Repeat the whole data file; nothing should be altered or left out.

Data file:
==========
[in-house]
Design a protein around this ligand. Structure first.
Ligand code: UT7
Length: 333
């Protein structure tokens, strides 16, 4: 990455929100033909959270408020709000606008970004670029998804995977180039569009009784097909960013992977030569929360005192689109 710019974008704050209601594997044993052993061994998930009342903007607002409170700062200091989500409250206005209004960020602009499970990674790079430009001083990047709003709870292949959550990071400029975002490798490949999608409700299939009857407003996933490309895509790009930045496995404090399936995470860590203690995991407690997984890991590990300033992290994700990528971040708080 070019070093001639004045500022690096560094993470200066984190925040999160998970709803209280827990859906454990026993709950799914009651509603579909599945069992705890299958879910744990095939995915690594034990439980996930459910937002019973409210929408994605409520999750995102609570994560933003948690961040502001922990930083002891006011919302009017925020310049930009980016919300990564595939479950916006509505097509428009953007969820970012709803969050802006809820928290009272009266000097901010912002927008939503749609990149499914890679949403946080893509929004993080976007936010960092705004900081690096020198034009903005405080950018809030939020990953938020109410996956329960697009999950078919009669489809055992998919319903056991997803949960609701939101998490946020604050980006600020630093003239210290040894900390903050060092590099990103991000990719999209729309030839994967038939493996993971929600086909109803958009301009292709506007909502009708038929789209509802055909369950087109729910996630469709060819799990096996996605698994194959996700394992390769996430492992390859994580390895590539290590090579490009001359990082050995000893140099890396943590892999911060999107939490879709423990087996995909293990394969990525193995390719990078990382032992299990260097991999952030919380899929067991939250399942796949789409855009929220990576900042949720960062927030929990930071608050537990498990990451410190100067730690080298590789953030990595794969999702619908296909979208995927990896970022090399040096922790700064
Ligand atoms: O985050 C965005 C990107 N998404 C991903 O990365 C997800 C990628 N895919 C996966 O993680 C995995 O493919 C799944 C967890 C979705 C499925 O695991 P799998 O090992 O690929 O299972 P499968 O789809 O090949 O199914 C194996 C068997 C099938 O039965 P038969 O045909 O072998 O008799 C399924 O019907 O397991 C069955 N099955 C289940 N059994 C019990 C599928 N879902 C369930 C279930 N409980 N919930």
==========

[in-house]
Design a protein around this ligand. Structure first.
Ligand code: UT7
Length: 333
């Protein structure tokens, strides 16, 4: 990455929100033909959270408020709000606008970004670029998804995977180039569009009784097909960013992977030569929360005192689109 710019974008704050209601594997044993052993061994998930009342903007607002409170700062200091989500409250206005209004960020602009499970990674790079430009001083990047709003709870292949959550990071400029975002490798490949999608409700299939009857407003996933490309895509790009930045496995404090399936995470860590203690995991407690997984890991590990300033992290994700990528971040708080 070019070093001639004045500022690096560094993470200066984190925040999160998970709803209280827990859906454990026993709950799914009651509603579909599945069992705890299958879910744990095939995915690594034990439980996930459910937002019973409210929408994605409520999750995102609570994560933003948690961040502001922990930083002891006011919302009017925020310049930009980016919300990564595939479950916006509505097509428009953007969820970012709803969050802006809820928290009272009266000097901010912002927008939503749609990149499914890679949403946080893509929004993080976007936010960092705004900081690096020198034009903005405080950018809030939020990953938020109410996956329960697009999950078919009669489809055992998919319903056991997803949960609701939101998490946020604050980006600020630093003239210290040894900390903050060092590099990103991000990719999209729309030839994967038939493996993971929600086909109803958009301009292709506007909502009708038929789209509802055909369950087109729910996630469709060819799990096996996605698994194959996700394992390769996430492992390859994580390895590539290590090579490009001359990082050995000893140099890396943590892999911060999107939490879709423990087996995909293990394969990525193995390719990078990382032992299990260097991999952030919380899929067991939250399942796949789409855009929220990576900042949720960062927030929990930071608050537990498990990451410190100067730690080298590789953030990595794969999702619908296909979208995927990896970022090399040096922790700064
Ligand atoms: O985050 C965005 C990107 N998404 C991903 O990365 C997800 C990628 N895919 C996966 O993680 C995995 O493919 C799944 C967890 C979705 C499925 O695991 P799998 O090992 O690929 O299972 P499968 O789809 O090949 O199914 C194996 C068997 C099938 O039965 P038969 O045909 O072998 O008799 C399924 O019907 O397991 C069955 N099955 C289940 N059994 C019990 C599928 N879902 C369930 C279930 N409980 N919930």